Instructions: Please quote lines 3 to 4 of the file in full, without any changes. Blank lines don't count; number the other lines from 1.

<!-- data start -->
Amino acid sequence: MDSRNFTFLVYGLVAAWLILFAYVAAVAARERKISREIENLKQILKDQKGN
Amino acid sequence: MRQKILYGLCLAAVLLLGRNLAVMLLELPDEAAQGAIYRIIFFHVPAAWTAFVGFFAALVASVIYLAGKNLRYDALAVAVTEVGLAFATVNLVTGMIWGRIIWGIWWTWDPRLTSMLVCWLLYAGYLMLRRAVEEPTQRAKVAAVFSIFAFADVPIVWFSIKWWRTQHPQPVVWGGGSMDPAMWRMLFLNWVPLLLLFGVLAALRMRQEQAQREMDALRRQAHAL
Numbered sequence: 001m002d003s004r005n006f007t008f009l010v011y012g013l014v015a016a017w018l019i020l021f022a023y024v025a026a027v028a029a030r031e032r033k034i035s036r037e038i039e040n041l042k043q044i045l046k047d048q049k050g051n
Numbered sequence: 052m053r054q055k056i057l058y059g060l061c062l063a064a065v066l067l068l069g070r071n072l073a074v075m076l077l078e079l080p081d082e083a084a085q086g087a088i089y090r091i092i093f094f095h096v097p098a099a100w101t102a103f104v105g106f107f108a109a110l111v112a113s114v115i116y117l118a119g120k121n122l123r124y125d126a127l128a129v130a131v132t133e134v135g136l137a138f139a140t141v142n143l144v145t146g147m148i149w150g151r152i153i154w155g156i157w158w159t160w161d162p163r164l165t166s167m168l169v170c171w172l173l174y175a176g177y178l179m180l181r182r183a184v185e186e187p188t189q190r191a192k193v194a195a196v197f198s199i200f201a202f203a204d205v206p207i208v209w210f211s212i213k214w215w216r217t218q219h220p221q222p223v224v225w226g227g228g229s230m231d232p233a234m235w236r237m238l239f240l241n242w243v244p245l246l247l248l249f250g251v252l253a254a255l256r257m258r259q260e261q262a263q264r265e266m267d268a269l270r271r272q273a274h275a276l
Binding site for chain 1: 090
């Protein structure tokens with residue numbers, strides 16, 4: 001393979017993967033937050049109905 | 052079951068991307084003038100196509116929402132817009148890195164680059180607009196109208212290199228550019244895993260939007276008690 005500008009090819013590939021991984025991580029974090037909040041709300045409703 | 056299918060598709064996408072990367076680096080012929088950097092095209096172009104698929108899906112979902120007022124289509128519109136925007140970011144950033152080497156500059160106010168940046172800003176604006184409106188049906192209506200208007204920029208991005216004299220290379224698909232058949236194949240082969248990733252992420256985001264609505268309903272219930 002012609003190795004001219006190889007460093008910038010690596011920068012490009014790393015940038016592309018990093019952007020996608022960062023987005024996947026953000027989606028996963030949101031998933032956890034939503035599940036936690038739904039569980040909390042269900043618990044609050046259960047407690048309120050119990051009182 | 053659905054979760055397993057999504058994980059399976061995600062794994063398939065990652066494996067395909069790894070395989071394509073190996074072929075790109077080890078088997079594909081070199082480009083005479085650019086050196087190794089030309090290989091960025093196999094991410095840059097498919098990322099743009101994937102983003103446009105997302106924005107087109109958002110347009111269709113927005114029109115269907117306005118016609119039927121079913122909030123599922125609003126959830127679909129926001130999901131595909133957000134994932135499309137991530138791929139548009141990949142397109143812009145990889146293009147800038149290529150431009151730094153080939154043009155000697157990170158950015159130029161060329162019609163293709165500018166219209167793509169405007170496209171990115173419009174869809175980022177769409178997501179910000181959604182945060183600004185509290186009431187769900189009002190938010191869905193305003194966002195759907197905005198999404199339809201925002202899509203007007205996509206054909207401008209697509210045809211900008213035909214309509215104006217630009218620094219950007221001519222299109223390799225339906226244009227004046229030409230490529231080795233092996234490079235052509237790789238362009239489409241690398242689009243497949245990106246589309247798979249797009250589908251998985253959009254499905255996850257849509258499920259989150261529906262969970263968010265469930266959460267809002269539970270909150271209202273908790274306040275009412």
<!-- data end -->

Numbered sequence: 001m002d003s004r005n006f007t008f009l010v011y012g013l014v015a016a017w018l019i020l021f022a023y024v025a026a027v028a029a030r031e032r033k034i035s036r037e038i039e040n041l042k043q044i045l046k047d048q049k050g051n
Numbered sequence: 052m053r054q055k056i057l058y059g060l061c062l063a064a065v066l067l068l069g070r071n072l073a074v075m076l077l078e079l080p081d082e083a084a085q086g087a088i089y090r091i092i093f094f095h096v097p098a099a100w101t102a103f104v105g106f107f108a109a110l111v112a113s114v115i116y117l118a119g120k121n122l123r124y125d126a127l128a129v130a131v132t133e134v135g136l137a138f139a140t141v142n143l144v145t146g147m148i149w150g151r152i153i154w155g156i157w158w159t160w161d162p163r164l165t166s167m168l169v170c171w172l173l174y175a176g177y178l179m180l181r182r183a184v185e186e187p188t189q190r191a192k193v194a195a196v197f198s199i200f201a202f203a204d205v206p207i208v209w210f211s212i213k214w215w216r217t218q219h220p221q222p223v224v225w226g227g228g229s230m231d232p233a234m235w236r237m238l239f240l241n242w243v244p245l246l247l248l249f250g251v252l253a254a255l256r257m258r259q260e261q262a263q264r265e266m267d268a269l270r271r272q273a274h275a276l